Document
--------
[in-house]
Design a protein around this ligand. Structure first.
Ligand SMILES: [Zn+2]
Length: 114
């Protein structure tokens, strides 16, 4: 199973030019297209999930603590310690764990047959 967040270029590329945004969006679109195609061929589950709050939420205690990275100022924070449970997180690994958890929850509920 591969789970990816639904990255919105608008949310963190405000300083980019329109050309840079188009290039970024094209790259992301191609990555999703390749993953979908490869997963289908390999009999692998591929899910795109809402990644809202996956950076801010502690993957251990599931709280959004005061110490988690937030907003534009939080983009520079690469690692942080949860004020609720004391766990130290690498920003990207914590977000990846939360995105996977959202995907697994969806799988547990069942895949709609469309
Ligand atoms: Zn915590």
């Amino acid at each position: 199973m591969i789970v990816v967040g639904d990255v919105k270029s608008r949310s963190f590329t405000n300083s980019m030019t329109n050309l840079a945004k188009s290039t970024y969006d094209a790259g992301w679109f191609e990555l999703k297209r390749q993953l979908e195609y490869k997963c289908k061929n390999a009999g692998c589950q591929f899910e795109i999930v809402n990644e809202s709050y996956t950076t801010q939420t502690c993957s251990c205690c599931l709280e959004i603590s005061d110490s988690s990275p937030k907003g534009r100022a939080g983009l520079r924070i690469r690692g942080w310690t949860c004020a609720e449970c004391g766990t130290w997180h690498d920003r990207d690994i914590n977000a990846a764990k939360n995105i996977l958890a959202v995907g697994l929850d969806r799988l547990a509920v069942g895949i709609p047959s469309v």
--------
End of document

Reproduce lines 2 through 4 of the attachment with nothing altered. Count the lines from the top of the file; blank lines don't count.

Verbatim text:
Design a protein around this ligand. Structure first.
Ligand SMILES: [Zn+2]
Length: 114